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Title: Letter from William F. Lewis to his sister, Emma Lewis Speight, September 19, 1841 [Containing a Description of the Shooting of a Student]: Electronic Edition.
Author: Lewis, William Figures
Funding from the University Library, University of North Carolina at Chapel Hill supported the electronic publication of this title.
Text transcribed by Bari Helms
Images scanned by Caitlin R. Donnelly
Text encoded by Stephanie Adamson
First Edition, 2007
Size of electronic edition: ca. 16K
Publisher: The University Library, University of North Carolina at Chapel Hill
Chapel Hill, North Carolina
2007
© This work is the property of the University of North Carolina at Chapel Hill. It may be used freely by individuals for research, teaching and personal use as long as this statement of availability is included in the text
The electronic edition is a part of the University of North Carolina at Chapel Hill digital library, Documenting the American South.
Languages used in the text: English
Revision history:
2007-02-13, Stephanie Adamson finished TEI/XML encoding.
Source(s):
Title of collection: John Francis Speight Papers (#3914), Southern Historical Collection, University of North Carolina at Chapel Hill
Title of document: Letter from William F. Lewis to his sister, Emma Lewis Speight, September 19, 1841 [Containing a Description of the Shooting of a Student]
Author: W.F. Lewis
Description: 3 pages, 4 page images
Note: Call number 3914 (Southern Historical Collection, University of North Carolina at Chapel Hill)
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Originals are in the Southern Historical Collection, University of North Carolina at Chapel Hill.
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Letter from William F. Lewis to his sister, Emma Lewis Speight , September 19, 1841 [Containing a Description of the Shooting of a Student]
Lewis, William Figures



Page [1]
Chapel Hill Sept. 19th. '41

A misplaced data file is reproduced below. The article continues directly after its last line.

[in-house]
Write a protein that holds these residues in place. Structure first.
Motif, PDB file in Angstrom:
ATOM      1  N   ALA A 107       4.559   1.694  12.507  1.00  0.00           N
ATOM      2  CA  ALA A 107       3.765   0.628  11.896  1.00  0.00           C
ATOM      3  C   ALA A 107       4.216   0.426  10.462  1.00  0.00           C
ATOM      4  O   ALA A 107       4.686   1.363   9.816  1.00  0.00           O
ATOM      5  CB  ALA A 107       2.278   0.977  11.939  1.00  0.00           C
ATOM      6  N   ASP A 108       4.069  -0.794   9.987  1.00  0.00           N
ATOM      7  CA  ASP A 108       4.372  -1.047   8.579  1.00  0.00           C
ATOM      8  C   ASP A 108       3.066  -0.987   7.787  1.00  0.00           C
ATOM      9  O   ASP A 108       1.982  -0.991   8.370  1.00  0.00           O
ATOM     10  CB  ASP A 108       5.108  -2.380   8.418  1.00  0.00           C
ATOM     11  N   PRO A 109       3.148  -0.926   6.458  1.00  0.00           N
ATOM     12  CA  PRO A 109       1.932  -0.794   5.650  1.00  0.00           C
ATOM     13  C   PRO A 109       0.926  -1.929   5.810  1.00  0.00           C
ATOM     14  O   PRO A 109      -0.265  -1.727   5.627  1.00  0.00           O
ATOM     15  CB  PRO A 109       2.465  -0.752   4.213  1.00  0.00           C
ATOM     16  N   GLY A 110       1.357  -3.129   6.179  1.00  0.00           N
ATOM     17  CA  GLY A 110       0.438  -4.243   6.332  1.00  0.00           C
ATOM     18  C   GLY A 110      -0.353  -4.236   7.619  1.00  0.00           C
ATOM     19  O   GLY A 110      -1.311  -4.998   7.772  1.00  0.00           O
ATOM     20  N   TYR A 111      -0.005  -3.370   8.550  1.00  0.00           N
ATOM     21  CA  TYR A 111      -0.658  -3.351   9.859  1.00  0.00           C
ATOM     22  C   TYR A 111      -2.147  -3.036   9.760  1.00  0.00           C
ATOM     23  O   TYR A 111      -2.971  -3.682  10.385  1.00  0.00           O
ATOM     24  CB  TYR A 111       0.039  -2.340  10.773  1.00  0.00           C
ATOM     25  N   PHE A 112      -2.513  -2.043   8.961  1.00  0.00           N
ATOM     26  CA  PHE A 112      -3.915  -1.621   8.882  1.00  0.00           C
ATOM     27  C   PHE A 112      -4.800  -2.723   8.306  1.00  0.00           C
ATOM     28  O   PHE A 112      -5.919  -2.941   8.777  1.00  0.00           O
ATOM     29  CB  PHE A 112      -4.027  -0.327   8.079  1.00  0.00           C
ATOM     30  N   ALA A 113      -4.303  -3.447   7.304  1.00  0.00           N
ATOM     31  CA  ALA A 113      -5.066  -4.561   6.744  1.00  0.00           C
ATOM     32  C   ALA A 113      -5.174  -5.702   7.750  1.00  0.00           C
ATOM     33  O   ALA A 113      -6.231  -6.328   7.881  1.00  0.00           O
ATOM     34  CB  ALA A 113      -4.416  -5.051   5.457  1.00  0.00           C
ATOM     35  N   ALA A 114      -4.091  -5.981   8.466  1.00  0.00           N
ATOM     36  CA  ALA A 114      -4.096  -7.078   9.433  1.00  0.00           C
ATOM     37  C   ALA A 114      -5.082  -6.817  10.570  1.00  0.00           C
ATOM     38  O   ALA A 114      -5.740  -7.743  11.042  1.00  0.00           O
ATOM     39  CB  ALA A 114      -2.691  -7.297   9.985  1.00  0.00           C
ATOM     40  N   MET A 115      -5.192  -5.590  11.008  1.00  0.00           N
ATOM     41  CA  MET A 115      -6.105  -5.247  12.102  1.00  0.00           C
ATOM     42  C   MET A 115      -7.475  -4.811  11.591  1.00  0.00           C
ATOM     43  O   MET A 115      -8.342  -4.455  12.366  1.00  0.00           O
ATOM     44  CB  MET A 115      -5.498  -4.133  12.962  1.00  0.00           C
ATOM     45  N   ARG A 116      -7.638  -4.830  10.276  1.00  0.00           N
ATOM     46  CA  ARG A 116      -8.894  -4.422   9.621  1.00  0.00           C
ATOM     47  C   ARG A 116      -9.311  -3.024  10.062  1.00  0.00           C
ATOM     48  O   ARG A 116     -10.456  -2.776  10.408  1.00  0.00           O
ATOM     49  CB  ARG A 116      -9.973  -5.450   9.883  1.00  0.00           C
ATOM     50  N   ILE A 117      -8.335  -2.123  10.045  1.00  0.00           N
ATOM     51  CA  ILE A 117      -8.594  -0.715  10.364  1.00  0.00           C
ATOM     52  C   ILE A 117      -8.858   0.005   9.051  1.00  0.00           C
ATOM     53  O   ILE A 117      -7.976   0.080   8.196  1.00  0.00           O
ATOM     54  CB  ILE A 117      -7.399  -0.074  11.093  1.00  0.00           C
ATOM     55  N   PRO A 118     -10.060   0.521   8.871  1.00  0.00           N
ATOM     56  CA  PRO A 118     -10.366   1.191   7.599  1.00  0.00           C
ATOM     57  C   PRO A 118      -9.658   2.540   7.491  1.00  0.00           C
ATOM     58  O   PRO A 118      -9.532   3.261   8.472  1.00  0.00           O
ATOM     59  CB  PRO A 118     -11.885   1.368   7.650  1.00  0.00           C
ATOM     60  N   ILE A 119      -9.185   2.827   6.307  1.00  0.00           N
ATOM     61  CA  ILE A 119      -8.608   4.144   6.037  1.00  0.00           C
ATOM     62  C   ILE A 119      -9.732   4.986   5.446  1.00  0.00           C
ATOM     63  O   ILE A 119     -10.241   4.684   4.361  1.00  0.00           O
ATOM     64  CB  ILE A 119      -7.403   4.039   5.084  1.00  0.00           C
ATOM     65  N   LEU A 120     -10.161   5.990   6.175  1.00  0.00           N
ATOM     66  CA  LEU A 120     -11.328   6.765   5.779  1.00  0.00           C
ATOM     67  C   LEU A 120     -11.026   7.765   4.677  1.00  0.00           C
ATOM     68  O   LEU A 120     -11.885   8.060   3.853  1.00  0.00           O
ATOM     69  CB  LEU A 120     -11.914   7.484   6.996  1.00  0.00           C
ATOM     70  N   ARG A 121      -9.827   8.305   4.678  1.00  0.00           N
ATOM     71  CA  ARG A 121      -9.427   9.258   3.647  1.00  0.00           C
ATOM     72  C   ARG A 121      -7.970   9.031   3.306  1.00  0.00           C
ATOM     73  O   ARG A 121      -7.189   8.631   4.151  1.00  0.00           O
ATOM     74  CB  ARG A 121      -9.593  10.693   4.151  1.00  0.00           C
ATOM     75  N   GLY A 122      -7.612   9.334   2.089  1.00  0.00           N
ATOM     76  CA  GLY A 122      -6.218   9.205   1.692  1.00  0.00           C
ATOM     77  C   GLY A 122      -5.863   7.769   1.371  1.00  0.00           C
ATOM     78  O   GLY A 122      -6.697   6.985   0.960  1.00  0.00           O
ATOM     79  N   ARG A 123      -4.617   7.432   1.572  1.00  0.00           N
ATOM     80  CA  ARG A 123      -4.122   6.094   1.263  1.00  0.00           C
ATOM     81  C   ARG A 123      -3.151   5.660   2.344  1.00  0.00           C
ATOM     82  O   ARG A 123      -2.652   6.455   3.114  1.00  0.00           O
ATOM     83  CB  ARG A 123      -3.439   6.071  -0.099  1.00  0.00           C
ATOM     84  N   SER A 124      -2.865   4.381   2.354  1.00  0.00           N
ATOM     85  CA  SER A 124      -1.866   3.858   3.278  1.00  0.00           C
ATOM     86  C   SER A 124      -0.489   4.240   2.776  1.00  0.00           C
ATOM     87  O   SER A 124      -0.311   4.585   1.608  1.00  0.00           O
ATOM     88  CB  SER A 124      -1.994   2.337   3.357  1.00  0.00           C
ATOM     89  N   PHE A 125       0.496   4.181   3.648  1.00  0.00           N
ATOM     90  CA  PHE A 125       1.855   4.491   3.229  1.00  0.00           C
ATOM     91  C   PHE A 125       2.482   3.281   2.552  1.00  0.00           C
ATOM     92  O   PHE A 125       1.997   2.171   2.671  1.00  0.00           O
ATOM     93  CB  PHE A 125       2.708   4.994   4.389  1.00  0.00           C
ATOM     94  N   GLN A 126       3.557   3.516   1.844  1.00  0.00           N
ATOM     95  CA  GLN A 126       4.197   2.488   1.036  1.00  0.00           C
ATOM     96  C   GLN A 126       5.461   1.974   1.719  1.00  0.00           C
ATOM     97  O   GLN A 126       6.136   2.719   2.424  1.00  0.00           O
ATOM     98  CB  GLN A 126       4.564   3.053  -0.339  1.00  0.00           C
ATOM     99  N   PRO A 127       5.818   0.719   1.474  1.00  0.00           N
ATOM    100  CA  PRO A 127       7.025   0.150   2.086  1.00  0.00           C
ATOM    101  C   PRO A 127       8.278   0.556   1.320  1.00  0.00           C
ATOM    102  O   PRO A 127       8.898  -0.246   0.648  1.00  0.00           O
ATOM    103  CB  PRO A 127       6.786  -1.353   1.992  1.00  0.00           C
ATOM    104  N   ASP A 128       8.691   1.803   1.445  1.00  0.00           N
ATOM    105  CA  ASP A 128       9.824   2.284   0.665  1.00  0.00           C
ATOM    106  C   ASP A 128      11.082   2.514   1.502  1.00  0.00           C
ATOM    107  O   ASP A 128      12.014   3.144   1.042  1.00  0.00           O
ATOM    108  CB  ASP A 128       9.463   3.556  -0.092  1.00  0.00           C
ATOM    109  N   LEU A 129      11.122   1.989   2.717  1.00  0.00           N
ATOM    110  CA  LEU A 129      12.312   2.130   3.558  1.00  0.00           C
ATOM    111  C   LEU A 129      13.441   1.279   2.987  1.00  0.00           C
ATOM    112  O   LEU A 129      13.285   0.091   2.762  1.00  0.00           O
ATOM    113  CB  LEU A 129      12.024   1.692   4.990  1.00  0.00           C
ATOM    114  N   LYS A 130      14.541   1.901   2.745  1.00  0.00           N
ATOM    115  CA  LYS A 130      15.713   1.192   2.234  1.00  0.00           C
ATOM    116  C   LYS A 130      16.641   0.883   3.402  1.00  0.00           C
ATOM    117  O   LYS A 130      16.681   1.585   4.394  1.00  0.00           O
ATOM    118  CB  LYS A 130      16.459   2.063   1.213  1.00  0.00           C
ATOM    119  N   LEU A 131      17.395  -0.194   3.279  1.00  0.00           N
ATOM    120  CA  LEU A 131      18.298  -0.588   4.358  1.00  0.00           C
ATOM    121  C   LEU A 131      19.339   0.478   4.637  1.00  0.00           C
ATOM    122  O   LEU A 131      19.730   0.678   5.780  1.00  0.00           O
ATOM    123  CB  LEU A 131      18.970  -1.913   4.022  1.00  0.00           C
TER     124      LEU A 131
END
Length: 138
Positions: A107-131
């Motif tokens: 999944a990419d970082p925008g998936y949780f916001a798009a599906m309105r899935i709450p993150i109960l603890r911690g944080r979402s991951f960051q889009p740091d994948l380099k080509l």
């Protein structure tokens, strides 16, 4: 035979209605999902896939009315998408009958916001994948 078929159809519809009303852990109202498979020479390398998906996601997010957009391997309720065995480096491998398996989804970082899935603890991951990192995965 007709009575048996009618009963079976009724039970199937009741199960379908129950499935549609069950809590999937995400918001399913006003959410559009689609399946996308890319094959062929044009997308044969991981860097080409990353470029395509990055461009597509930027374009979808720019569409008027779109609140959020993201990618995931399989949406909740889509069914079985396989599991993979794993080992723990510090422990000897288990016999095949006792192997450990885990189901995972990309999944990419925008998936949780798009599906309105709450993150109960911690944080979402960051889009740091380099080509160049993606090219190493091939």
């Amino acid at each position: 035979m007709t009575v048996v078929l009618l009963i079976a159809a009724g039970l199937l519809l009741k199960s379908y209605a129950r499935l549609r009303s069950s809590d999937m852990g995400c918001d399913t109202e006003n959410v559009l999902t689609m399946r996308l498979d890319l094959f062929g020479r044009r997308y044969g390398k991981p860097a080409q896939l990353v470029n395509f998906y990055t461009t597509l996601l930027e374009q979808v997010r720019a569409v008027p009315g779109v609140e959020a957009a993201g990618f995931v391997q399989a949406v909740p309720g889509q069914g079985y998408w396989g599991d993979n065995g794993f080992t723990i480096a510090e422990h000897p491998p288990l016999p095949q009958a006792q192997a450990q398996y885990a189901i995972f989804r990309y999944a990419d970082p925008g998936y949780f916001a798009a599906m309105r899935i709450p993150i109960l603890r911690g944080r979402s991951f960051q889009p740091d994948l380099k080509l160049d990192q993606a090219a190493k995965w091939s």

Dear Sister

Your letter of 26th ult. came to hand in due time, and should have commanded an earlier reply. I was very sorry to hear of the illness of Mother and Mr. S. , and hope by this they have recovered.
Allow me to congratulate you my dear Sister , on what I concieve to be a most happy event. I have heard by a letter Exum received from his Mother, of the birth of your son; and hope it will prove to you a source of the greatest joy.
I received a letter a day or two since from Cadmus Cotton, containing the melancholy news of the death of Brother Exum's younger daughter; after a short but severe illness. I am very sorry for Bro. E. It seems he is doomed to constant suffering and misfortune He had been keeping school at Canton Miss.; and studying law at the same time. He had however at the time the letter was written, returnened to Meridian Springs, and was then electioneering for a commission merchant in Vicksburg, for whom he expected to act as agent on board a steamboat, or employ himself in some other way, until he could obtain license to practice law; when he expected to move to Texas, where he hoped he would do better than in Mississippi.

Page [2]
I believe there is not much news stirring about the Hill at this time. There was a fray here between two students, a few weeks ago. A student a brother of one of those engaged was shot. The ball struck him on the hip; in such a direction however, as to glance without doing him any serious hurt. It was a very fortunate escape. It would doubtless have proved a more serious affair, had not some seven or eight students in anticipation of it, gone down to prevent the friends of either party from interfering. They were both dismissed from college of course.
Such serious difficulties among the students seldom occur here; less frequently here I believe, than at most colleges.
I think Chapel Hill is coming out a little. There has been of late a decided improvement in its society; having had a valuable acquisition, in some 8 or 10 young ladies.
It is thought by some that it would be an advantage to have a female academy established here. I have no doubt it would be the best place in the State. for such an institution, on account of the salubrity of its climate, and for the advantages that might be derived from the large and choice libraries we have here; but I apprehend that the students would soon be found to slacken in their progress up the steep of science's rugged mount, and would be found more frequently paying court at the shrine of Venus, than of Minerva, Some retired nook in old Orange might soon attain the celebrity of the far-famed Gretna Green.
Exum and the girls are in the enjoyment of excellent health. I dont believe they have got to thinking much about sweethearts yet; however, I can't speak for

Page [3]
certain of Nanny. She seems rather fond of reading novels, to the neglect I fear of her other studies. I gave her a lecture about it the other day, without a promise tho' of amendment. Martha is very studious and industrious, and upon the whole, I think our sisters may felicitate themselves on having found such a good place for the education of their daughters; both of whom, tho' they may never make a great show, will I doubt not turn out well. Let me hear from you again soon.
My best love to Mother — Remember me to Mr. S .
Tell Bro. H. I should be very glad to receive a letter from him.

As ever your affectionate brother

W.F. Lewis


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